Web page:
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Ben Souther
Sheriff

Joined: Dec 11, 2004
Posts: 13410

Originally posted by Rohit Bhagwat:

I am not doing anything special.


No but, as I mentioned, in every case you are using useBean and then adding scriptlet code that clashses with what useBean is trying to do.


I am just trying out the example given out by jsp specification. And I guess this a geniune doubt. You can visit the specification link which you have.
They have given the similar example and said that this is allowed and valid.
The same I tried out in tomcat and it didnt worked.

To which example are you refering?


I guess there is no point in getting angry !!

Certainly not. We're talking about JSP code, not life and death.



And ofcourse this just tests how much thorough we are with the useBean tag.

I'm not sure what you mean by this.

I've used the useBean tag a lot over the years and never had a problem with it. In my case I'm always using it once, at the top of the page, for each bean. Whenever I refer to a class with either the type or the class attribute, I fully qualify it.
My pages also don't have any scriptlet code.

Out of curiosity, are these real world cases or are you just pushing useBean to see how robust it is?
Bear Bibeault
Author and ninkuma
Marshal

Joined: Jan 10, 2002
Posts: 61218
    
  66

Just as a helpful hint for future posts: claiming that you've found a bug in Tomcat every time you come across something you do not understand is a good way to get yourself onto people's "ignore list". This is known as "crying wolf" and impairs your credibility.
[ November 26, 2005: Message edited by: Bear Bibeault ]
Rohit Bhagwat
Ranch Hand

Joined: Dec 19, 2004
Posts: 205
Bear. I appologize for using the word "Tomcat bug". Henceforth I will take care that I dont use such words.

Originally posted by Bear Bibeault:
Straight from the JSP Specification (section JSP.5.1):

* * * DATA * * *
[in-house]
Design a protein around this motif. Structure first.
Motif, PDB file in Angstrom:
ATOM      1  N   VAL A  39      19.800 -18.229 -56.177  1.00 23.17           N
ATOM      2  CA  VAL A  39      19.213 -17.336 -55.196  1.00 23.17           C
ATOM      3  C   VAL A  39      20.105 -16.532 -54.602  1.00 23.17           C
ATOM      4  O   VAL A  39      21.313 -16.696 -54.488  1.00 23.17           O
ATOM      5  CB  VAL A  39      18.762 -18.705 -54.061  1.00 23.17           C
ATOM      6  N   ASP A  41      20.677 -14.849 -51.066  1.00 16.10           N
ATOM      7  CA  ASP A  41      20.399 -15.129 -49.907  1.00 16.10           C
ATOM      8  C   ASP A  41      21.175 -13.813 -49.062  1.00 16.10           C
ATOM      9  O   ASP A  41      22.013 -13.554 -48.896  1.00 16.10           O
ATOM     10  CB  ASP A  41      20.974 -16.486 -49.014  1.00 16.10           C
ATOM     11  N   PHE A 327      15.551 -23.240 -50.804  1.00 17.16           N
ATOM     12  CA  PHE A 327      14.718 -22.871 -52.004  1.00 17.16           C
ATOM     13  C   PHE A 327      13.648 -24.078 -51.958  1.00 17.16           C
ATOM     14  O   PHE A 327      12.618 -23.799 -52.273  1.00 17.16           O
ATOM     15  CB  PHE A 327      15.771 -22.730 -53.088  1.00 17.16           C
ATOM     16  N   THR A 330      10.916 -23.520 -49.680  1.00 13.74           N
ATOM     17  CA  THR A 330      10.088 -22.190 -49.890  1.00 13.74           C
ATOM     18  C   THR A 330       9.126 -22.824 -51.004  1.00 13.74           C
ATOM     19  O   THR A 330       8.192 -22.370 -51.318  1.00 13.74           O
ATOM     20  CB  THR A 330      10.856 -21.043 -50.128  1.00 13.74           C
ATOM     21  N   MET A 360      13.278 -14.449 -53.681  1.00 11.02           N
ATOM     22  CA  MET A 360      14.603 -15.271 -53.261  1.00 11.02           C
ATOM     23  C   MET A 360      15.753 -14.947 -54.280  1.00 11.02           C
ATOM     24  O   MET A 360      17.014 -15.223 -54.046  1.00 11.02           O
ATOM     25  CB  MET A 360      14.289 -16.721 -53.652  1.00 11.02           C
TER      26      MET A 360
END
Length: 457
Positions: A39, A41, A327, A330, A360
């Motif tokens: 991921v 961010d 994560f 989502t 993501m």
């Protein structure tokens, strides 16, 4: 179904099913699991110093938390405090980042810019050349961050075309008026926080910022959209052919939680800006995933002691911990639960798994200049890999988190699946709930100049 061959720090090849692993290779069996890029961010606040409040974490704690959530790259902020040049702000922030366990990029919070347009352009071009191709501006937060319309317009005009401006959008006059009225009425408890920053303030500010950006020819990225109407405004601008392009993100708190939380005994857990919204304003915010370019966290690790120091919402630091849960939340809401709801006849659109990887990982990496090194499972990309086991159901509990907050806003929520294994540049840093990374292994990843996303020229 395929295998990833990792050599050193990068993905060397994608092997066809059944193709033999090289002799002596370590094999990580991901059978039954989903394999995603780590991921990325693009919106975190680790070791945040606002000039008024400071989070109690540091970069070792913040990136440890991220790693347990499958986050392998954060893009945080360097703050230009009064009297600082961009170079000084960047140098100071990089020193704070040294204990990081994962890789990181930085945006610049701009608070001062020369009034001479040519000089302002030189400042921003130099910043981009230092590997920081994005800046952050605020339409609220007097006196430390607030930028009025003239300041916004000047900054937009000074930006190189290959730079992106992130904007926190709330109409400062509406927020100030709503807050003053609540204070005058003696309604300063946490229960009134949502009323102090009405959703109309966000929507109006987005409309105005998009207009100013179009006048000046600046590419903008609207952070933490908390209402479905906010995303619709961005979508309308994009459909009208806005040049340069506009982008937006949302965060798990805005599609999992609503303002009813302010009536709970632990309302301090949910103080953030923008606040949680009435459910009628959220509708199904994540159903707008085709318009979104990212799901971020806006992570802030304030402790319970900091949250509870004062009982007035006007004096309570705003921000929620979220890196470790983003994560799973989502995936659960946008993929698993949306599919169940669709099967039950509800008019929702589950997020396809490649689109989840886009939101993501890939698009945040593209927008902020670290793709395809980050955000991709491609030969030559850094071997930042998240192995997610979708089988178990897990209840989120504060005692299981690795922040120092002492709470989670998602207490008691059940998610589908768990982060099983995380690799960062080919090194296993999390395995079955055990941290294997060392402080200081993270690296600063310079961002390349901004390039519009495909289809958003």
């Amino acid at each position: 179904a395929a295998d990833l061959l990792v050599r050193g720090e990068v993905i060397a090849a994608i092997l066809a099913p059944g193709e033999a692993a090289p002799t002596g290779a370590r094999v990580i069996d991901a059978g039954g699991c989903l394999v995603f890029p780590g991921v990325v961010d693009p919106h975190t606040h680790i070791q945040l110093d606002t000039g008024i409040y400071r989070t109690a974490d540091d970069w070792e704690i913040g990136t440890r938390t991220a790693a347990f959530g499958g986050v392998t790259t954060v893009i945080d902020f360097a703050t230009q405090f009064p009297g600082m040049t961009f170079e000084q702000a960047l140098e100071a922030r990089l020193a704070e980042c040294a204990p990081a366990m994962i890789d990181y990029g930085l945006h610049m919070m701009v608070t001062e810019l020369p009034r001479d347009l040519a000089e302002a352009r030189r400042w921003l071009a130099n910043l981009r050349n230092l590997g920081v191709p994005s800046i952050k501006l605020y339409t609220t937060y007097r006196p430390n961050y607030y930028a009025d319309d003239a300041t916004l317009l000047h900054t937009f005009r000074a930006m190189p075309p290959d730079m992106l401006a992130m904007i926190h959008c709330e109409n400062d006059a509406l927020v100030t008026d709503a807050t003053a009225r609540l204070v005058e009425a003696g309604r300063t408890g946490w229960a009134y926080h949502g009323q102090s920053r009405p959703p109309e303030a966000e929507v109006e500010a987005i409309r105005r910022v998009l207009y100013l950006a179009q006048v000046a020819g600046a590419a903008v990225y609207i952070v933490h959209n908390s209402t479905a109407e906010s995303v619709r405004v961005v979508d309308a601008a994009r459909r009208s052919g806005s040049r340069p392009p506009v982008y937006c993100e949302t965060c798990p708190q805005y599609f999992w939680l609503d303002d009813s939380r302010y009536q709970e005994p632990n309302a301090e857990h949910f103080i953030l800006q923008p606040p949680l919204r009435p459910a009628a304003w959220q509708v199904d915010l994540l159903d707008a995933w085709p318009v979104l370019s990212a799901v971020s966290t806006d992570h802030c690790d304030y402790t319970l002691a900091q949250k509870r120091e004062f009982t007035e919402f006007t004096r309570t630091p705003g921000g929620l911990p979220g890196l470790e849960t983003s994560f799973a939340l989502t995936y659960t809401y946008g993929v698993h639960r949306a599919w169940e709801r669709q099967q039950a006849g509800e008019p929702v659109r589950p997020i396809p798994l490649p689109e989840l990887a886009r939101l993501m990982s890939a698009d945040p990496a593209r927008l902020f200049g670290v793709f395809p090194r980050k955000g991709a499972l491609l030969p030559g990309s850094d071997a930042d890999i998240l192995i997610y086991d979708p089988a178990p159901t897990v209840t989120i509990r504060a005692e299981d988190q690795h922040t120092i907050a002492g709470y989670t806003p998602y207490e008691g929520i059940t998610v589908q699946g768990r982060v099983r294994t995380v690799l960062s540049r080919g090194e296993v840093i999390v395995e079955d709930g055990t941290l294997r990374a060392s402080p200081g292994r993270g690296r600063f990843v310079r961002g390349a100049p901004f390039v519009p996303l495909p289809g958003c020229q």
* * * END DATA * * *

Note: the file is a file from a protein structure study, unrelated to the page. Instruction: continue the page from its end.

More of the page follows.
Duplicate id�s found in the same translation unit shall result in a fatal translation error.
So regardless of what weird scoping contortions you place in the page, it is illegal to use the same id for more than one useBean action.


I agree with everyone that duplicate id�s found in the same translation unit shall result in a fatal translation error. This is the rule of jsp however dont you think that this violates the basic fundamentals of java that the life of a variable is limited to the scope/block in which it is declared ?.

Also Ben if you refer to page no 1-101 in the Part I-Standard Actions-JSP.5.1<jsp:useBean> section of specification.pdf file. Then it also demonstrates the same issue which I am talking. Or else following is the code straight from the specification
<% { // introduce a new block %>
...
<jsp:useBean id=�customer� class=�com.myco.Customer� />
<%
/*
* the tag above creates or obtains the Customer Bean
* reference, associates it with the name �customer� in the
* PageContext, and declares a Java programming language
* variable of the same name initialized to the object reference
* in this block�s scope.
*/
%>
...
<%= customer.getName(); %>
...
<% } // close the block %>
<%
// the variable customer is out of scope now but
// the object is still valid (and accessible via pageContext)
%>
Now since the variable is now out of scope cant I again redeclare the variable ? So was just again trying to use the useBean tag.
Although this may not be used in practical life , or you can say it is a bad practice but my question is whether this is valid or invalid rather than good or bad practices.What I mean to say by valid or invalid is -specification says that id attribute of useBean tag declared in a block (as above) is only visible to that block and not outside the block directly.

This is my last post for this topic and I wont do any posts on this topic further as I guess people have started hateing me.
[ November 26, 2005: Message edited by: Rohit Bhagwat ]